These networks each have their own strengths, and they have emerged at different points in our evolutionary history moving from vertebrates to mammals to primates to us, Homo sapiens. Additionally, these same evolutionary steps are recapitulated in the same order during childhood.
He goes on to explore three major adaptations that have made us so inextricably responsive to the social world:
- Connection: Long before there were any primates with a neocortex, mammals split off from other vertebrates and evolved the capacity to feel social pains and pleasures, forever linking our well-being to our social connectedness. Infants embody this deep need to stay connected, but it is present through our entire lives.
- Mindreading: Primates have developed an unparalleled ability to understand the actions and thoughts of those around them, enhancing their ability to stay connected and interact strategically. In the toddler years, forms of social thinking develop that outstrip those seen in the adults of any other species. This capacity allows humans to create groups that can implement nearly any idea and to anticipate the needs and wants of those around us, keeping our groups moving smoothly.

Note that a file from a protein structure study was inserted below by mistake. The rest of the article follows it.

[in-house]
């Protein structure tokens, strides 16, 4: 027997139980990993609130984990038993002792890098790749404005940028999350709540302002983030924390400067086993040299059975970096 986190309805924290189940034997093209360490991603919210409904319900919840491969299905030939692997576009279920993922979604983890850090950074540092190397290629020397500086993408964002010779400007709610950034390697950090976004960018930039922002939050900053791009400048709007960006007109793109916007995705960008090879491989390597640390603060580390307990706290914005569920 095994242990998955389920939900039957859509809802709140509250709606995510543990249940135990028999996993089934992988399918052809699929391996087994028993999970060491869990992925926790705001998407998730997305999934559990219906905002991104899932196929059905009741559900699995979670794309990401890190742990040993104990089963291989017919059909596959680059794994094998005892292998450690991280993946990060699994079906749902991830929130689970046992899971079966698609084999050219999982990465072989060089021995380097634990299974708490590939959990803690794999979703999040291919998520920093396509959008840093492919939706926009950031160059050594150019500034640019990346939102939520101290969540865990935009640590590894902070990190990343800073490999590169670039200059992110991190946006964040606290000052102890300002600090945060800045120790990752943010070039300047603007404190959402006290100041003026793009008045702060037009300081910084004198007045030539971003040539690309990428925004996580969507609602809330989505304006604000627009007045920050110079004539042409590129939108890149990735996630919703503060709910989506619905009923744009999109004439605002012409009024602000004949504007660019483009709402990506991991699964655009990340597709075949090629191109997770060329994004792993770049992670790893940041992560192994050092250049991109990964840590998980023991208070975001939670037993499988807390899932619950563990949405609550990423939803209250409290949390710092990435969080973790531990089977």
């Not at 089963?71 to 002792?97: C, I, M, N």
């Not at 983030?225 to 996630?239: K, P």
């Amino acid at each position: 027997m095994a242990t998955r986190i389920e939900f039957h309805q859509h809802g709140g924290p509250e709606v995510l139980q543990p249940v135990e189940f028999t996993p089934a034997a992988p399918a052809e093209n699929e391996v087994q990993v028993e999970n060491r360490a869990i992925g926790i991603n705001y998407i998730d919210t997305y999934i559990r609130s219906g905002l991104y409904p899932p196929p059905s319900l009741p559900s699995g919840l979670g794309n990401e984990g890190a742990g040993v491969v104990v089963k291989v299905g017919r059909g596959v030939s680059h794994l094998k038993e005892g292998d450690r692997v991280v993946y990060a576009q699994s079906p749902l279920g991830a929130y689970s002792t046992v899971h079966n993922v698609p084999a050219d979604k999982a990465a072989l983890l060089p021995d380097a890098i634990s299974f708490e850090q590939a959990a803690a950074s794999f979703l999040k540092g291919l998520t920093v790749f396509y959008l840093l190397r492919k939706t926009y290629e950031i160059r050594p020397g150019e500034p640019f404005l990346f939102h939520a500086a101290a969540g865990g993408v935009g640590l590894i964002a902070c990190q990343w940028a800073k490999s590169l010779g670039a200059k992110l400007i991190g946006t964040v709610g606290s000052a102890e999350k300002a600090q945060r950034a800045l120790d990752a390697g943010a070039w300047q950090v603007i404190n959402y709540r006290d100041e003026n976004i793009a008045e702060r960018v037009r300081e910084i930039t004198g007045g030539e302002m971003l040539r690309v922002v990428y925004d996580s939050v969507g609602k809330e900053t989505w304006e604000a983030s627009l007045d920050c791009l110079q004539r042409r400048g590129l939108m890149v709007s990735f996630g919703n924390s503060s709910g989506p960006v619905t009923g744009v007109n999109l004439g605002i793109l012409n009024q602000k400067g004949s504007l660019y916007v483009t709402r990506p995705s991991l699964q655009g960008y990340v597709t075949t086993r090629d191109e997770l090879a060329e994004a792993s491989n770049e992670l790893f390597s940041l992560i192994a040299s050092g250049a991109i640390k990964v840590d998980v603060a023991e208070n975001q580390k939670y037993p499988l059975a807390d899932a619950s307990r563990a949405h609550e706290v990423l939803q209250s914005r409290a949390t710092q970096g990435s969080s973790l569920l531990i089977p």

- Harmonizing: The sense of self is one of the most recent evolutionary gifts we have received. Although the self may appear to be a mechanism for distinguishing us from others and perhaps accentuating our selfishness, the self actually operates as a powerful force for social cohesiveness. During the preteen and teenage years, adolescent refers to the neural adaptations that allow group beliefs and values to influence our own.
The rest of Social: Why Our Brains Are Wired to Connect, which dives deeper into this trifecta of adaptations and their everyday implications, is absolutely fascinating — necessary, even. Get a teaser-taste with Liberman’s TEDxStLouis talk based on his research and the resulting book:
Public domain images via Flickr Commons